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Binge eating is when a person eats a much larger amount of food in a shorter period of time than he or she normally would. During binge eating, the person also feels a loss of control.
Eating - binge; Overeating - compulsive; Compulsive overeating
A binge eater often:
- Eats 5,000 - 15,000 calories in one sitting
- Often snacks, in addition to eating three meals a day
- Overeats throughout the day
Binge eating by itself usually leads to becoming overweight.
Binge eating may occur on its own or with another eating disorder, such as bulimia. People with bulimia typically eat large amounts of high-calorie foods, usually in secret. After this binge eating they often force themselves to vomit or take laxatives. For more information, see: Bulimia
The cause of binge eating is unknown. However, binge eating often begins during or after strict dieting.
When to Contact a Medical Professional
Call your health care provider if you think you might have a pattern of binge eating or bulimia.
What to Expect at Your Office Visit
The health care provider will perform a physical exam and ask questions about your eating patterns and symptoms.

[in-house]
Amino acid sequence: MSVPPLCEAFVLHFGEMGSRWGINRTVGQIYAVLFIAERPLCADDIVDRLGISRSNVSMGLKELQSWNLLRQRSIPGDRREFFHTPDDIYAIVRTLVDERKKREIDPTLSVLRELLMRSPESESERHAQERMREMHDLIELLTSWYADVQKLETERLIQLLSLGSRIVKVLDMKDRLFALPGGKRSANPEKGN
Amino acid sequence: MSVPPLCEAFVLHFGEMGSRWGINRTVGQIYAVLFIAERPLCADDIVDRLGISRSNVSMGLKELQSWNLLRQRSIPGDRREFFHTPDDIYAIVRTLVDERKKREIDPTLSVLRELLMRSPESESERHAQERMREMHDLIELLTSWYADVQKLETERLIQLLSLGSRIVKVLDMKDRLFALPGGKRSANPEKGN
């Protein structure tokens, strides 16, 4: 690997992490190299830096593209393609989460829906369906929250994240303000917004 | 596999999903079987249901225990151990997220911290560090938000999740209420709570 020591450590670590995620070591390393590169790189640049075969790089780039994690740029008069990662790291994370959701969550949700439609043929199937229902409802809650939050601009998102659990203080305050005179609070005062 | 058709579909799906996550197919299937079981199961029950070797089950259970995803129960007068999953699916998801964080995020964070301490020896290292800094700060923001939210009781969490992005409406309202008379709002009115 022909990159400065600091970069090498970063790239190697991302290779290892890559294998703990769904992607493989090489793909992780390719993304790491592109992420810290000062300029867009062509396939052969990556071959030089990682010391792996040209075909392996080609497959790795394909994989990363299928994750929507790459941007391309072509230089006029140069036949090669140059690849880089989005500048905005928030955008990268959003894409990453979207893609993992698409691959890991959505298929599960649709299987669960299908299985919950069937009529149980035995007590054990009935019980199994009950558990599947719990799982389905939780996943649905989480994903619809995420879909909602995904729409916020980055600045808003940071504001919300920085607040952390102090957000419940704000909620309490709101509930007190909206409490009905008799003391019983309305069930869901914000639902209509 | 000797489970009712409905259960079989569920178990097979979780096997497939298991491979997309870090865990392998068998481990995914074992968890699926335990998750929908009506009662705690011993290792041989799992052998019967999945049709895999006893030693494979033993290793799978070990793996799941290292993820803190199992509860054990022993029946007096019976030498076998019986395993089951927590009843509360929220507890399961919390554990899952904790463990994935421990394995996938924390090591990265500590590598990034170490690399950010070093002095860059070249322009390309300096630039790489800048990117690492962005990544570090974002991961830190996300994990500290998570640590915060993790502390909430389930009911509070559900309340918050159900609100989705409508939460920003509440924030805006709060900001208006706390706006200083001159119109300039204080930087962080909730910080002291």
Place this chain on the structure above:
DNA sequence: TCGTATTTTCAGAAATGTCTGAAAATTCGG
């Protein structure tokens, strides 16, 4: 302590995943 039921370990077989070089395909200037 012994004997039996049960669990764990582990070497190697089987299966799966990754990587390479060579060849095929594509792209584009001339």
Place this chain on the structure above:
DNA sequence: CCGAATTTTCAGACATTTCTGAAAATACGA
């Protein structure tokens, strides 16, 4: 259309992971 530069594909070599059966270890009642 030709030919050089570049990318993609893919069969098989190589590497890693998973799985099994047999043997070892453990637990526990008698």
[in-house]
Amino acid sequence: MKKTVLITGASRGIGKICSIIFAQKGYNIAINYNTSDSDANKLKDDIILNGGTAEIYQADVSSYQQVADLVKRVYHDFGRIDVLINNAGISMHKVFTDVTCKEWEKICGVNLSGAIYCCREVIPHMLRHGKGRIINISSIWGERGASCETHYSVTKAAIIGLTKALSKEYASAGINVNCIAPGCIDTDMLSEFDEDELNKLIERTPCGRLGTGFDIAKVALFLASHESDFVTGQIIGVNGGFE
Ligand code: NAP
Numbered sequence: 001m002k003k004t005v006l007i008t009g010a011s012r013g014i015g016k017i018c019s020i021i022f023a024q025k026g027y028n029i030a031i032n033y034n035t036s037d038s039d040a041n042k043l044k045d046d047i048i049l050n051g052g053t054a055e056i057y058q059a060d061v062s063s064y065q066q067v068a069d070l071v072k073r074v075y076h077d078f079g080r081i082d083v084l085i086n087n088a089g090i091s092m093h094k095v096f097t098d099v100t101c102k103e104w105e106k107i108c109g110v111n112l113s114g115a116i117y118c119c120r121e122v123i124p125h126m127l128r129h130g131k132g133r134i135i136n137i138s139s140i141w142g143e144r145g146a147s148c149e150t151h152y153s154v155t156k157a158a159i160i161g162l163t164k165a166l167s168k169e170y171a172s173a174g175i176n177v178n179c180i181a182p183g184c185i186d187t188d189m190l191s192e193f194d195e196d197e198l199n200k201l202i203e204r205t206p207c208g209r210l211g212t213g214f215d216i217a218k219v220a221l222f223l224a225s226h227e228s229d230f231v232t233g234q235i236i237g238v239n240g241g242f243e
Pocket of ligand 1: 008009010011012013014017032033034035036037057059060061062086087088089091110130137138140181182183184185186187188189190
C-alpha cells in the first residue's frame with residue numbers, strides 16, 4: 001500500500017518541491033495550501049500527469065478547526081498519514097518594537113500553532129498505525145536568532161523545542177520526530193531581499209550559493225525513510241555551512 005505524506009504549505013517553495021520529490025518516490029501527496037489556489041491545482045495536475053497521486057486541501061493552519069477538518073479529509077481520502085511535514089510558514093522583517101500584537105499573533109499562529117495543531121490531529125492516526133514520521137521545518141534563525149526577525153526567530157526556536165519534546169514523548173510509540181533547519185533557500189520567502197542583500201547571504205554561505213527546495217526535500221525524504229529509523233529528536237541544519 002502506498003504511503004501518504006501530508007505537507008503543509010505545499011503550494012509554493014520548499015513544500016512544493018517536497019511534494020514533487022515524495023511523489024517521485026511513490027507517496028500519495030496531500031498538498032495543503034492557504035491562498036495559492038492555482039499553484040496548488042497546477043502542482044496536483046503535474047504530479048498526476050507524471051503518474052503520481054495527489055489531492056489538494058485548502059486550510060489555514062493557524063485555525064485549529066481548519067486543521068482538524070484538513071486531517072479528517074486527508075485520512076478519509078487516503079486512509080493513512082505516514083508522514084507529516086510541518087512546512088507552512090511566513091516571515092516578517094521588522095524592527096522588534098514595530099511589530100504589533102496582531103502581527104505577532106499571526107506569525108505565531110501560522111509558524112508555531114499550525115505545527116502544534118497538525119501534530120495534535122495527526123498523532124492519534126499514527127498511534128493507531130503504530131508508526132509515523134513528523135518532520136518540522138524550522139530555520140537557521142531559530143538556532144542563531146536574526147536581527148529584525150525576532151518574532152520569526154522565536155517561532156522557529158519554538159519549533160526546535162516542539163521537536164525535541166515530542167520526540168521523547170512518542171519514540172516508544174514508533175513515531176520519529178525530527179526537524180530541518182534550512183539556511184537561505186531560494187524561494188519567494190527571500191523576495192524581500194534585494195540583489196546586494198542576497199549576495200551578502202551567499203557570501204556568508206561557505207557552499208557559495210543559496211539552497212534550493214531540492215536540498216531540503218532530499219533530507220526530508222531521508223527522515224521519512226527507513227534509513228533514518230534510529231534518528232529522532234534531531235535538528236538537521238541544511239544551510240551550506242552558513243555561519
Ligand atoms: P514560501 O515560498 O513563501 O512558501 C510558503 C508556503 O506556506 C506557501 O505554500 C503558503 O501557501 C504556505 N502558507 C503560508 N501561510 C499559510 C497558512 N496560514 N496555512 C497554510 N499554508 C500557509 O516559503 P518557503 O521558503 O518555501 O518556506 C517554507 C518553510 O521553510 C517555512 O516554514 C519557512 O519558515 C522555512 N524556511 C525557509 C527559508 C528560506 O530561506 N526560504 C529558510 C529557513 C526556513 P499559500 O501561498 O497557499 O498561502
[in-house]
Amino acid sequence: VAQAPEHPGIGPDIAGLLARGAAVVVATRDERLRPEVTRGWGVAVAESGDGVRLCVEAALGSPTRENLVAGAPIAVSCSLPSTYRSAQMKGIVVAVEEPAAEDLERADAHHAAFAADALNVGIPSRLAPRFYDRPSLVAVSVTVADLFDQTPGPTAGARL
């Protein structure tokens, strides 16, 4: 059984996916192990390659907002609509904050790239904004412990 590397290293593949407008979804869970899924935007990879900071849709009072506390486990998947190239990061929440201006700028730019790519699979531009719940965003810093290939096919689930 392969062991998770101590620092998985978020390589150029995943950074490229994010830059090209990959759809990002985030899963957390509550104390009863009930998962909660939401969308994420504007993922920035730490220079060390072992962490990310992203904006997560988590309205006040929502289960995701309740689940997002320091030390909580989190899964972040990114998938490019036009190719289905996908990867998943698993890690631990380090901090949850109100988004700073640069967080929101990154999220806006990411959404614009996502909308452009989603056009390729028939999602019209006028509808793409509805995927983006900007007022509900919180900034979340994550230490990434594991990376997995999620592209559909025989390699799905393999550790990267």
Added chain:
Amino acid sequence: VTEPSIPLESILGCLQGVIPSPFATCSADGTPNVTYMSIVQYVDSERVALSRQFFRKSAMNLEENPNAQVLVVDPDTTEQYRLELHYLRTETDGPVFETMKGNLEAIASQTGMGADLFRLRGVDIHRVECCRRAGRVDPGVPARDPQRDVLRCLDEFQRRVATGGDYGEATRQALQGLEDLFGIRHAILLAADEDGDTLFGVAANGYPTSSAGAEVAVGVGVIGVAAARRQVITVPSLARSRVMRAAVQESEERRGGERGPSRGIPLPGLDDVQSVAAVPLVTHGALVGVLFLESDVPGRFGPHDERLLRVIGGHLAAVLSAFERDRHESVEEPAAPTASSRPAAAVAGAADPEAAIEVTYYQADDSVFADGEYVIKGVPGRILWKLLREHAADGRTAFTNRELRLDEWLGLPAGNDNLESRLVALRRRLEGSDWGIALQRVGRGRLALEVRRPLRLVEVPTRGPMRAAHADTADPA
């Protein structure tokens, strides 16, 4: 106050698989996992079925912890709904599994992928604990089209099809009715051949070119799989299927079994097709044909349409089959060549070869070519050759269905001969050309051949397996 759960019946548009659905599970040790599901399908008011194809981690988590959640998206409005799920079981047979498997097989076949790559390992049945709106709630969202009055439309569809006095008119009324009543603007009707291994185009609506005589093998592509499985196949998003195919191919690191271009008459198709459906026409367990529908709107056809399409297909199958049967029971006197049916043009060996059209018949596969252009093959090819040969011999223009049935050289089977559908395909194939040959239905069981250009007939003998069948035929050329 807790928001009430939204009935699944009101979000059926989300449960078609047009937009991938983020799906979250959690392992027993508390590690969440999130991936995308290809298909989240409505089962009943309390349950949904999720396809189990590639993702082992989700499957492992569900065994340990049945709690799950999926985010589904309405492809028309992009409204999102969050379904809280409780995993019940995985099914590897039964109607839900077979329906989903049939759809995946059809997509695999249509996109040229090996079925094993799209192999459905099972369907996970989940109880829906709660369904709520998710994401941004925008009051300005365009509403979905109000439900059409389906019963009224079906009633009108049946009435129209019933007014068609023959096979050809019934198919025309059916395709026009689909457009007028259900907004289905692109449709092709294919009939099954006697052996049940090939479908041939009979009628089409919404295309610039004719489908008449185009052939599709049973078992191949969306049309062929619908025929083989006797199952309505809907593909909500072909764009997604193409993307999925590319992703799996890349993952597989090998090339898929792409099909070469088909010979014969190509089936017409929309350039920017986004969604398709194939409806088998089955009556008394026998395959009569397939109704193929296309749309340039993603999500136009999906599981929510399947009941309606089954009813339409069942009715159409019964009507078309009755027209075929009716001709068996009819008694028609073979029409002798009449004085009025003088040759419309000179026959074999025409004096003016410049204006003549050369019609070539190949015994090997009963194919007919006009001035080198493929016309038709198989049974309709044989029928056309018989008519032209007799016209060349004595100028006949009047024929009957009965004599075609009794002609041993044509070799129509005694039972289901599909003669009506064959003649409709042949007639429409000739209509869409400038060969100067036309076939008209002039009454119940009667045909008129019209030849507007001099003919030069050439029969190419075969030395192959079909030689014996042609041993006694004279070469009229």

Blood tests may be done.
Medication is usually not needed for this disorder. However, your health care provider may prescribe antidepressants if you are anxious or depressed.
Talk therapy is often recommended. Individual, group, family, and behavioral therapy may help.
Biofeedback training may also be recommended.
Treasure J, Claudino AM, Zucker N. Eating disorders. Lancet. 2010;375:583-593.
Hay PPJ, Bacaltchuk J, Stefano S, Kashyap P. Psychological treatments for bulimia nervosa and binging. Cochrane Database Syst Rev. 2009, Issue 4.
Marcus MS, Wildes JE. Eating disorders. In: Goldman L, Schafer AI, eds. Cecil Medicine. 24th ed. Philadelphia, Pa: Saunders Elsevier; 2011:chap 226.
Gowers SG. Management of eating disorders in children and adolescents. Arch Dis Child. 2008;93:331-334.
Reviewed By: Linda J. Vorvick, MD, Medical Director and Director of Didactic Curriculum, MEDEX Northwest Division of Physician Assistant Studies, Department of Family Medicine, UW Medicine, School of Medicine, University of Washington; and David B. Merrill, MD, Assistant Clinical Professor of Psychiatry, Department of Psychiatry, Columbia University Medical Center, New York, NY. Also reviewed by David Zieve, MD, MHA, Medical Director, A.D.A.M. Health Solutions, Ebix, Inc.